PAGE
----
According to the UN Comtrade database, the UAE imported 94 percent of gold exported from Sudan in 2015 and gold smuggling from Sudan was still continuing in 2017.
In 2012, e.g., Kaloti purchased hundreds of kilos more from Liberia, one of the poorest countries in Africa, than were officially produced in that country. It can be assumed that this difference would have contributed significantly to Liberia’s economy and provided the government with urgently needed income.
In addition, the STP has information proving that gold was imported from the Congolese civil war region to gold traders in Dubai between 2012 and 2014 and the UN assume that conflict gold from the Democratic Republic of Congo is still reaching Dubai.
Link to Switzerland
Inadequate controls are making the United Arab Emirates a prime destination for conflict and smuggled gold, from where it is traded all over the world – including Switzerland. Switzerland is one of the most important buyers of gold from the UAE. At over 370 metric tons, the volume of imports had never been as high as in 2016. According to Swiss foreign trade statistics, Switzerland bought more gold from the UAE than from any other country that year. While refineries and banks gave different answers to a request for information, Kaloti has indicated that it has gold trading relationships with partners based in Switzerland. How can Swiss customers ensure they know where the gold actually comes from and under what conditions it was mined?
Switzerland plays a central role in both the trade and processing of gold. About 70 percent of the world’s gold is refined here. Part of the STP’s work is to communicate with representatives from the world of business and politics.
Switzerland is one of the most important buyers of gold from Peru and the United Arab Emirates. Four Swiss refineries, Metalor Group SA in Neuchâtel, Valcambi SA in Balerna, PAMP SA in Castel San Pietro and Argor Heraeus SA in Mendrisio, are among the largest refineries in the world. For many years, around 70 percent of gold traded worldwide has been refined in Switzerland.
The risk of gold refined in Switzerland having been mined under conditions involving human rights violations and environmental destruction is high. The STP is committed to investigating the alleged human rights violations in connection with gold mining on a global scale and to holding those responsible to account. According to UN guidelines, the Swiss refineries would have to guarantee the socially and ecologically responsible origin of the gold. From the STP’s point of view, this means that raw material and infrastructure projects for gold extraction can only be realized with the consent of the local population.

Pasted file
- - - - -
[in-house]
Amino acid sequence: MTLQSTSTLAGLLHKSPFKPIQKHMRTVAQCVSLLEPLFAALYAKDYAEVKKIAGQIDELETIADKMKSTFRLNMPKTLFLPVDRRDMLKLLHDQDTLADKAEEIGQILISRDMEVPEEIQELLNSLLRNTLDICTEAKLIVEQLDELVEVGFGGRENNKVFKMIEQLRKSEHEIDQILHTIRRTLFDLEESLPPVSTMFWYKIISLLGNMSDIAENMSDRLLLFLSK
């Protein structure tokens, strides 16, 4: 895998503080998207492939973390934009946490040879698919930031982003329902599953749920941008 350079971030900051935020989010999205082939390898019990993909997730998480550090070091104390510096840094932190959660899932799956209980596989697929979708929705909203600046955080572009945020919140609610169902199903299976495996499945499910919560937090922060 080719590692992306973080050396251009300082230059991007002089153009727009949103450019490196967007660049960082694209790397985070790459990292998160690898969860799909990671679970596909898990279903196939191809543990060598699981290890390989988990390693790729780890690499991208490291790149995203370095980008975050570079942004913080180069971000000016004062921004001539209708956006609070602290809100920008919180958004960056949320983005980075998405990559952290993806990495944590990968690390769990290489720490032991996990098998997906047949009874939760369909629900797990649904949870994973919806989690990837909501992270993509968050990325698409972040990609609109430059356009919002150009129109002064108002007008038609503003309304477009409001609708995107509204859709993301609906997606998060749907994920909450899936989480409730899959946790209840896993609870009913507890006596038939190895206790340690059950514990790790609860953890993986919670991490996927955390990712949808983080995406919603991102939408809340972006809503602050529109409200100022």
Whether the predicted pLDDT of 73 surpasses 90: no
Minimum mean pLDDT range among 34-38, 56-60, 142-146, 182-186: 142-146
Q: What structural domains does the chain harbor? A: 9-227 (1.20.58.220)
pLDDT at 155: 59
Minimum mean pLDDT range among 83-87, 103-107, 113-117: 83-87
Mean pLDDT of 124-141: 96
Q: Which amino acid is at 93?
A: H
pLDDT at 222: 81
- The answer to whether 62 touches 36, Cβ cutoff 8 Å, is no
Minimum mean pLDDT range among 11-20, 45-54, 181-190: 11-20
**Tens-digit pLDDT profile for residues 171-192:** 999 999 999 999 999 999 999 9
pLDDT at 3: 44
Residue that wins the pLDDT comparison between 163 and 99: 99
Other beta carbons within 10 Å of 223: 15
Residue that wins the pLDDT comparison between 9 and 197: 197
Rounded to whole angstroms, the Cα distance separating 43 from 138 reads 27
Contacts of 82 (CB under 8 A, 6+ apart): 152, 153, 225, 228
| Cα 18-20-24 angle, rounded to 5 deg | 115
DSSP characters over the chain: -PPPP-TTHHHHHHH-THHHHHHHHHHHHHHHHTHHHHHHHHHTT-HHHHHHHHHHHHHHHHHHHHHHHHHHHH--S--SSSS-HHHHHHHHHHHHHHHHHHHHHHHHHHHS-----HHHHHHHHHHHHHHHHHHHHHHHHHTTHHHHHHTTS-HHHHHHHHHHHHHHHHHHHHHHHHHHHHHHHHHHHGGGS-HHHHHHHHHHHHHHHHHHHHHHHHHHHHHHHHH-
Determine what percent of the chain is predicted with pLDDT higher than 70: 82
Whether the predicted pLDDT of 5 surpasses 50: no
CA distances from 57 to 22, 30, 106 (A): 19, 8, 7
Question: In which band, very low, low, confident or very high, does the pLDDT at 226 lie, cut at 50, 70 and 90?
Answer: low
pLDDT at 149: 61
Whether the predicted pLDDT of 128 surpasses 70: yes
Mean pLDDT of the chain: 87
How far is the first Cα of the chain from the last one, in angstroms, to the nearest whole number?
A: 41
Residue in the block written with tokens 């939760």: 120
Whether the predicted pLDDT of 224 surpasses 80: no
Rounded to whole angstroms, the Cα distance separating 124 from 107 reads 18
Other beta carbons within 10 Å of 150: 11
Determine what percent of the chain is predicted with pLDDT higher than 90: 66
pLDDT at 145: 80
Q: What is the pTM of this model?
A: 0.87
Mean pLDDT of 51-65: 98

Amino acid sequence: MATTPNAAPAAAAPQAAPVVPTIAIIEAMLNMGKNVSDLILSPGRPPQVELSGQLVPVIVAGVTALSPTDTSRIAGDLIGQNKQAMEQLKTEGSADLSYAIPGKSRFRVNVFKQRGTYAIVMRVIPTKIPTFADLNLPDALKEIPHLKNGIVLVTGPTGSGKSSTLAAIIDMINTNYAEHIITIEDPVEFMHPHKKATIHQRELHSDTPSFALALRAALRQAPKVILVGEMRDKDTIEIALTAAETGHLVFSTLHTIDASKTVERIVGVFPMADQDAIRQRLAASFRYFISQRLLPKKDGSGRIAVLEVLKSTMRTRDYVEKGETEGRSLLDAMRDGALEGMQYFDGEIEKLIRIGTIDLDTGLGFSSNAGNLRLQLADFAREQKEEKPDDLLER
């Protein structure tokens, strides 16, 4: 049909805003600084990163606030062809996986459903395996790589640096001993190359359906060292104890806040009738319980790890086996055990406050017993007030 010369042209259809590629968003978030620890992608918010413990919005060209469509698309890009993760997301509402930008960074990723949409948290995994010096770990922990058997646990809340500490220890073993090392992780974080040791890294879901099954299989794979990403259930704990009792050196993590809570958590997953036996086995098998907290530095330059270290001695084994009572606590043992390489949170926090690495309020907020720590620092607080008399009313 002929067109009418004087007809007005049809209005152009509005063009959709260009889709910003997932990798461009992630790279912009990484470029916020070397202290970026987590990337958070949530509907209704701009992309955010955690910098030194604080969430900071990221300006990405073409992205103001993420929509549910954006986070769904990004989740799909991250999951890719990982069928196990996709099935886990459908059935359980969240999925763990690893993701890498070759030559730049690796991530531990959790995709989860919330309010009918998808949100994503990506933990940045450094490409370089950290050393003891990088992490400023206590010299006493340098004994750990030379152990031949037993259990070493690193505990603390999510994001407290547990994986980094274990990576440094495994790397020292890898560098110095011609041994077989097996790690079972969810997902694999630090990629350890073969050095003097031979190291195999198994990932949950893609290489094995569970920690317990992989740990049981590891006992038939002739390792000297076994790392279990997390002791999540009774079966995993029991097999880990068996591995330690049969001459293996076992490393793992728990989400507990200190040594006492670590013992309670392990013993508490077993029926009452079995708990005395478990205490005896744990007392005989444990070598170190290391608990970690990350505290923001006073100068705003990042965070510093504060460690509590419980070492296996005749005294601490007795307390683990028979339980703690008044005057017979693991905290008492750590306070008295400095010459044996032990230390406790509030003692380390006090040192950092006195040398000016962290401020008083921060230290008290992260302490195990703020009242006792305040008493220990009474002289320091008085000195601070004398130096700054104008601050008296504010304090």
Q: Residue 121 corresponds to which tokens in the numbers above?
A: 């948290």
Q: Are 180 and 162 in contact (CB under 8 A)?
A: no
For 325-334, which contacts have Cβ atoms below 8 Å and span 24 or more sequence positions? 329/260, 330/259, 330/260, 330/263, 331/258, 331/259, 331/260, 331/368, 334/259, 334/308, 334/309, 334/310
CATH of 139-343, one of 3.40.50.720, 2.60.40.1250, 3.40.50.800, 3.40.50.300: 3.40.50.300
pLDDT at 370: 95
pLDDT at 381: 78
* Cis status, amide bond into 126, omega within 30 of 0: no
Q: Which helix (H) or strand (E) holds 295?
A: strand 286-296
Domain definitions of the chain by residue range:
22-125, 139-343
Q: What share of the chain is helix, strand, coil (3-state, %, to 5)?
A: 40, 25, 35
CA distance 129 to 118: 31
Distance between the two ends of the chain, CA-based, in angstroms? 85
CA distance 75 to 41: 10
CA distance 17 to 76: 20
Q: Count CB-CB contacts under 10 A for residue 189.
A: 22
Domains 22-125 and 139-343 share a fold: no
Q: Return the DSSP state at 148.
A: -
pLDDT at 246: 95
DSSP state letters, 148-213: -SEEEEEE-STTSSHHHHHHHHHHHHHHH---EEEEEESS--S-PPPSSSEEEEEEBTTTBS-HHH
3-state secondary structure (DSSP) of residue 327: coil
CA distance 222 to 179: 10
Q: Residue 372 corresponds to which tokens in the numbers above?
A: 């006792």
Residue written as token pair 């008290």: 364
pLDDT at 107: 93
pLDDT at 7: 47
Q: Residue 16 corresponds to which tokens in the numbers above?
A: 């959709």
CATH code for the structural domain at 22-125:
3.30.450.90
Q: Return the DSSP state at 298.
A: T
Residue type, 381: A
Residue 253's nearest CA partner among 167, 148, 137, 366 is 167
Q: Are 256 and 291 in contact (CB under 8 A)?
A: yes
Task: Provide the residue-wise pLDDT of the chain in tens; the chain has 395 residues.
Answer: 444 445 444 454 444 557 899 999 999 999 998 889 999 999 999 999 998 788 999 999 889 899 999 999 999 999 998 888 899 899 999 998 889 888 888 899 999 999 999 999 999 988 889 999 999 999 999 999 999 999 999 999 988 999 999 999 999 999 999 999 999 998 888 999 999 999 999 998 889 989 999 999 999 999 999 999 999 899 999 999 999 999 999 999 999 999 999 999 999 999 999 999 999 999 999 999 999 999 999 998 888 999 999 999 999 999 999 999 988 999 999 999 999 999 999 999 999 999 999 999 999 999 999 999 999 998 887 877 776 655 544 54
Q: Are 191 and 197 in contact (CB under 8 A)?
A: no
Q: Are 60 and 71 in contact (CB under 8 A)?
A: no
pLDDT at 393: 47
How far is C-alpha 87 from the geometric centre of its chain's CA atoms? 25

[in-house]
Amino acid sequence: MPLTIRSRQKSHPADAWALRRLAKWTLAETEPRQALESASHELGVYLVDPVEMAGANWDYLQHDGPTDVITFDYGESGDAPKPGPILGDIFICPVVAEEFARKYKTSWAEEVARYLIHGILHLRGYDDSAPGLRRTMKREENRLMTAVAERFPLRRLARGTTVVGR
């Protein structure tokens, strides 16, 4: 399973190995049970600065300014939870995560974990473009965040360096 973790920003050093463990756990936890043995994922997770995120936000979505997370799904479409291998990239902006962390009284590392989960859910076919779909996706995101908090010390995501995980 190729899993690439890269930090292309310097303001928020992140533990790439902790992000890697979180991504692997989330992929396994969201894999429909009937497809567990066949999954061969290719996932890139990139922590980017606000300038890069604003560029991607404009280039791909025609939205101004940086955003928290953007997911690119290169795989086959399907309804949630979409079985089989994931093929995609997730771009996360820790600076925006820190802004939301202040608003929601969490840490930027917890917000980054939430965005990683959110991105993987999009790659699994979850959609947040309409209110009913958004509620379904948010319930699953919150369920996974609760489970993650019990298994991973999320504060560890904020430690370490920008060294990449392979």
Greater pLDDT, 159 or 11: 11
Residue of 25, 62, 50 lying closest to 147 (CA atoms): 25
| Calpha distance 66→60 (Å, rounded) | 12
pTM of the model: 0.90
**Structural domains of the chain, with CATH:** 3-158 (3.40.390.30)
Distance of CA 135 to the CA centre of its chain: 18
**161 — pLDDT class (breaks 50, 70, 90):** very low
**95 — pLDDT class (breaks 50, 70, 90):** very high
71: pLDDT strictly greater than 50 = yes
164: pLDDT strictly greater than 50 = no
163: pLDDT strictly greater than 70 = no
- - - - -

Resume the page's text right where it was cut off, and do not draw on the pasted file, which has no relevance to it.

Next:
In order to achieve these goals, Swiss companies should either completely renounce gold when the origin cannot be clearly determined or carry out in-depth due diligence audits. Business relationships that are considered problematic in these audits must be terminated. The STP also considers the Swiss government and policymakers to be responsible. The current situation clearly demonstrates that voluntary mechanisms are not sufficient to prevent human rights violations and environmental destruction. Due diligence audits must be legally binding, and the Swiss gold trade must become transparent. Therefore, the Swiss Corporate Responsibility Initiative (KOVI) is necessary, which is demanding sanctions for non-compliance and internationally applicable liability mechanisms, in accordance with existing international standards.
Banks and the jewelry and watch industry
Switzerland plays a central role not only in the refining of gold. The watch industry, in which many Swiss companies are significantly represented, is one of the most important customers for gold. The global jewelry and watch industry uses more than half of the world’s refined gold every year.
The major Swiss banks are also making a significant contribution to global gold trading. The gold business is still a well-kept secret in Switzerland. Hardly anyone knows the exact routes this precious raw material takes in Switzerland between the refineries, the jewelry and watch industry and the banks.
OECD Due Diligence Guidance